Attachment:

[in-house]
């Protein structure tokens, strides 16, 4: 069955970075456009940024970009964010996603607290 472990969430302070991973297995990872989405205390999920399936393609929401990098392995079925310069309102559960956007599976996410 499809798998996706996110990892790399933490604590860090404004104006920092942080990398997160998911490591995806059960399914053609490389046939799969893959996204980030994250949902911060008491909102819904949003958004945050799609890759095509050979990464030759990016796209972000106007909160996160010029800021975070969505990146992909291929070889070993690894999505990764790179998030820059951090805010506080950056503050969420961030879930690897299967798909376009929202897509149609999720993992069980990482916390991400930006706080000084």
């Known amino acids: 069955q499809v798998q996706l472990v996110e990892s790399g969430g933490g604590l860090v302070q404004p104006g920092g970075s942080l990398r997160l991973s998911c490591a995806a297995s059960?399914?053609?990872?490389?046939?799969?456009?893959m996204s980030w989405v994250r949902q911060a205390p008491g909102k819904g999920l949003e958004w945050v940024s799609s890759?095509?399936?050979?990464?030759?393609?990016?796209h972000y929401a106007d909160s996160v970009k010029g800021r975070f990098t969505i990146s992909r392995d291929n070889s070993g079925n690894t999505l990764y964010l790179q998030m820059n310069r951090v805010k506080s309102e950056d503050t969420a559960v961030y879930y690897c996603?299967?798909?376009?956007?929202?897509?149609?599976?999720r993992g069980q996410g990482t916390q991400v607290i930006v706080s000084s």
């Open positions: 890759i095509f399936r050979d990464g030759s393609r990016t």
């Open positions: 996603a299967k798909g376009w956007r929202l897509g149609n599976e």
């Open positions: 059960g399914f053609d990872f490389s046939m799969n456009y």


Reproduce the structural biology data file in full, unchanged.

[in-house]
């Protein structure tokens, strides 16, 4: 069955970075456009940024970009964010996603607290 472990969430302070991973297995990872989405205390999920399936393609929401990098392995079925310069309102559960956007599976996410 499809798998996706996110990892790399933490604590860090404004104006920092942080990398997160998911490591995806059960399914053609490389046939799969893959996204980030994250949902911060008491909102819904949003958004945050799609890759095509050979990464030759990016796209972000106007909160996160010029800021975070969505990146992909291929070889070993690894999505990764790179998030820059951090805010506080950056503050969420961030879930690897299967798909376009929202897509149609999720993992069980990482916390991400930006706080000084």
């Known amino acids: 069955q499809v798998q996706l472990v996110e990892s790399g969430g933490g604590l860090v302070q404004p104006g920092g970075s942080l990398r997160l991973s998911c490591a995806a297995s059960?399914?053609?990872?490389?046939?799969?456009?893959m996204s980030w989405v994250r949902q911060a205390p008491g909102k819904g999920l949003e958004w945050v940024s799609s890759?095509?399936?050979?990464?030759?393609?990016?796209h972000y929401a106007d909160s996160v970009k010029g800021r975070f990098t969505i990146s992909r392995d291929n070889s070993g079925n690894t999505l990764y964010l790179q998030m820059n310069r951090v805010k506080s309102e950056d503050t969420a559960v961030y879930y690897c996603?299967?798909?376009?956007?929202?897509?149609?599976?999720r993992g069980q996410g990482t916390q991400v607290i930006v706080s000084s």
């Open positions: 890759i095509f399936r050979d990464g030759s393609r990016t």
């Open positions: 996603a299967k798909g376009w956007r929202l897509g149609n599976e």
């Open positions: 059960g399914f053609d990872f490389s046939m799969n456009y």